That turns out to be one of the most positive things Betty has to say about her former bandmate. “In the first place,” she points out, “Ronnie had no reason to care what kind of songs we were playing. All she had to do was bang a tambourine on her ass, but even that was too much for her to handle. When we were in the studio, the sound engineer made sure there wasn’t a live mike within ten feet of her.”
What about the countless publicity stills that show Veronica and not Betty behind the keyboard? Simply a ruse to fool Veronica’s wealthy father that his daughter’s piano lessons were money well spent, says Betty. She explains that while Veronica never got past middle-C, her piano teacher always went home smiling.
“It shouldn’t come as a surprise to anyone that Veronica was two-faced,” notes Betty. “She needed the extra face because the first one was usually busy, if you know what I mean. It was like having a groupie right there in the band.” While Veronica’s affairs with Archie, Reggie, and even the woman-hating Jughead are well documented, she has neither confirmed nor denied Betty’s other claims. “Ronnie did it with Fred Andrews [Archie’s father], a roadie named Moose, and our booking manager, Mr Flutesnoot,” she says. “There are rumors about her and two-thirds of Josie and the Pussycats as well.”
With the band in constant turmoil, it was Archie himself who delivered the group’s death blow. In late 1970 he had shed the influence of his mother, but had taken up with model-turned-race car driver Penelope Pitstop, described by Betty as “platinum blonde trash.” Pitstop sat on a stool next to Archie during practice sessions, and gradually began making critical comments about the musicianship of the other band members. “At one point she told Jughead to lay off the high hat, and Juggie just went berserk,” Betty recalls. “He was so mad he actually opened his eyes.”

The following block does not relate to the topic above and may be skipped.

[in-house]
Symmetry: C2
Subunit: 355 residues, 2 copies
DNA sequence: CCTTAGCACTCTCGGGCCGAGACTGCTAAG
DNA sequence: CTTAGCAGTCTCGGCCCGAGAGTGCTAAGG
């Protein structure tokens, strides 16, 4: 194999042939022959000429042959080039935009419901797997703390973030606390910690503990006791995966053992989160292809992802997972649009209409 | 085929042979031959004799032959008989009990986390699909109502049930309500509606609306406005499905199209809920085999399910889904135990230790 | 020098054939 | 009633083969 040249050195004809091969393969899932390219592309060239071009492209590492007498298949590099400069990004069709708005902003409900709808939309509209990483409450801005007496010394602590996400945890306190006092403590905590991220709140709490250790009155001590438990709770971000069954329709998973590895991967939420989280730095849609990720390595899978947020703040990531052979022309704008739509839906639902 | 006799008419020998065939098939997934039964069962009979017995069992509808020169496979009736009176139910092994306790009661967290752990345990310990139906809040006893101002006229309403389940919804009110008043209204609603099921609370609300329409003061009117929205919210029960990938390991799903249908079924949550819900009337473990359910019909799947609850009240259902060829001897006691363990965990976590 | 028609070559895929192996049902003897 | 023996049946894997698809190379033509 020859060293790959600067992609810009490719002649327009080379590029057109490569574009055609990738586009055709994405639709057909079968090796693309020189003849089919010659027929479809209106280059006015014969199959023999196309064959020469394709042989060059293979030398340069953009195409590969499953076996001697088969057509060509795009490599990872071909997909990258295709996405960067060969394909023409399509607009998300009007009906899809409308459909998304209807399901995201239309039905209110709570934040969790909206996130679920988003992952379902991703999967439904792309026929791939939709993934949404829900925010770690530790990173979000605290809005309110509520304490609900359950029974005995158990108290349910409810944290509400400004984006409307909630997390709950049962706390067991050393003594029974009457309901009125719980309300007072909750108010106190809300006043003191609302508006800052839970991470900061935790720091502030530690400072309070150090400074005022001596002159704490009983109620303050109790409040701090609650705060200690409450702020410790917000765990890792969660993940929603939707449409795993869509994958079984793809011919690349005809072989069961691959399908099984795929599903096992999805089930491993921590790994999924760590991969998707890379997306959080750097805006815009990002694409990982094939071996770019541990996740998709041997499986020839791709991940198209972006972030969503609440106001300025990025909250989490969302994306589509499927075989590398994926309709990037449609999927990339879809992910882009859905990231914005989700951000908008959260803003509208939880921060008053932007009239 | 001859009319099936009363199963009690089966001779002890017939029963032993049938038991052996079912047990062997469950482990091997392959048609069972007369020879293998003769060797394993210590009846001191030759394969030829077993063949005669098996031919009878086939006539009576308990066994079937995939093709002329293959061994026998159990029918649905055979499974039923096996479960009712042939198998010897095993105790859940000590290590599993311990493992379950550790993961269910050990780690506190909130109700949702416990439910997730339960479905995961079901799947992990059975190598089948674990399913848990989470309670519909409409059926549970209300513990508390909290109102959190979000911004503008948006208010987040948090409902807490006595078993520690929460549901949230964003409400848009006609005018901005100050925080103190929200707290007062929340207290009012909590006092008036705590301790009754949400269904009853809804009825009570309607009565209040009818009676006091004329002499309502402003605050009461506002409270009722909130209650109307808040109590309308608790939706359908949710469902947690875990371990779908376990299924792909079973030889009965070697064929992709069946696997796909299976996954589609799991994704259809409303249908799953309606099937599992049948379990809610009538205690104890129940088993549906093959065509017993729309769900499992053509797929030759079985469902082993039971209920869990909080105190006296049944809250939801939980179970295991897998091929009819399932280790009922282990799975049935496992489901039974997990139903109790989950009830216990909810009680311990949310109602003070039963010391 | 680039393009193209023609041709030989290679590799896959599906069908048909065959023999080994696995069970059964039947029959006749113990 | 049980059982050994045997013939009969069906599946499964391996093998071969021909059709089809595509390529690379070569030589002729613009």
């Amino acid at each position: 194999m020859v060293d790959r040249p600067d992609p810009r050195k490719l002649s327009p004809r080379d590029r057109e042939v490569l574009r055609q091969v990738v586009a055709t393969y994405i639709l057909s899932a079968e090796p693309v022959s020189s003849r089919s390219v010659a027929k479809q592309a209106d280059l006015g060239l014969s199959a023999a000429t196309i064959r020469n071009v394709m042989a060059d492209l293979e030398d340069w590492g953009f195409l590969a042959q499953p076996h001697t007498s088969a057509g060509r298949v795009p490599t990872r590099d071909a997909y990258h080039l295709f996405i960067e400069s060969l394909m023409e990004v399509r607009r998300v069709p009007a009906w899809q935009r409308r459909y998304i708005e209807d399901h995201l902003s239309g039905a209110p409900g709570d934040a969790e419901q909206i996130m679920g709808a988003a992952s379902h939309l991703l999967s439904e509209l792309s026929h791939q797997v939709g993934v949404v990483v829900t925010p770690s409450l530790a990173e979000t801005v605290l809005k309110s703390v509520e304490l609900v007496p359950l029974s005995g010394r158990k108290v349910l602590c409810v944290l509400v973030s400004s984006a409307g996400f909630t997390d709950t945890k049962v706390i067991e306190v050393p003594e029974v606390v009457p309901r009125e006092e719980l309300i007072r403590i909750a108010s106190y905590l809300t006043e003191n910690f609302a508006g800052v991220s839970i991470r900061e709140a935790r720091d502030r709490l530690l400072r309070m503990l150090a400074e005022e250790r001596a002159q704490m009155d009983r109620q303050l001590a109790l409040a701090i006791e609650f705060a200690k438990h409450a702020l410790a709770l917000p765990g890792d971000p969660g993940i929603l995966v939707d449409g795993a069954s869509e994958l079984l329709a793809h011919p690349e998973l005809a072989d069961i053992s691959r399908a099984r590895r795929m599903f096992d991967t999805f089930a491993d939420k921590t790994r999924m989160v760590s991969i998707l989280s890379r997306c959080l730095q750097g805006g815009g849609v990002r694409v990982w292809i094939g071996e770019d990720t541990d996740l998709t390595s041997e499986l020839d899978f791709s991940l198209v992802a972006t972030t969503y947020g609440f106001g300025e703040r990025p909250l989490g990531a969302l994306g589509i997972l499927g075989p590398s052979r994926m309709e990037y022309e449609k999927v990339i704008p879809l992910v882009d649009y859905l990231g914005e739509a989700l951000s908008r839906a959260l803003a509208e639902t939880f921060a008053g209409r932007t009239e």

Though there was no official breakup, the rest of the Archies simply stopped coming to rehearsals, and by the end of the year had gone their separate ways. Reggie formed the blues rock ensemble known as Mantle is God, but his ponderous, arty arrangements and egocentric lyrics failed to find an audience. The group’s only album foundered at the bottom of the Top 100.
Jughead toured briefly with the Banana Splits, but the association ended disastrously after his famous on-stage fight with Fleagle in Monterey in 1971. Archie and Penelope Pitstop recorded one album together, a gooey collection of flower power mush that failed to chart. After the two split up, he turned to writing commercial jingles.
Betty continued her work on Grundyland, finally releasing the collection of trippy organ solos at the worst possible time: at the height of disco in 1977. “Unfortunately,” she says self-deprecatingly, “sixties retro hadn’t become cool yet.” In 1980, Jughead persuaded Betty to join him in a band called Corporate Castration, which was fronted by their former Riverdale classmate and budding anarchist Big Ethel. The group proved to be too punk-oriented for Betty, who left in protest after Big Ethel gave the audience a one-finger salute during an appearance on Saturday Night Live.
Ironically, Veronica Lodge has enjoyed the longest uninterrupted post-Archies music career, working steadily as a session tambourinist since the 1970s. “Yeah, right,” comments Betty wryly. “What do you want to bet there’s still not a live mike anywhere near her?”
Betty notes that Archie has approached her several times with the idea of reuniting the group and doing a nostalgia tour. “But nobody’s interested,” she says. “Because even after all these years, he’s not going to let us forget whose name is on those drums.”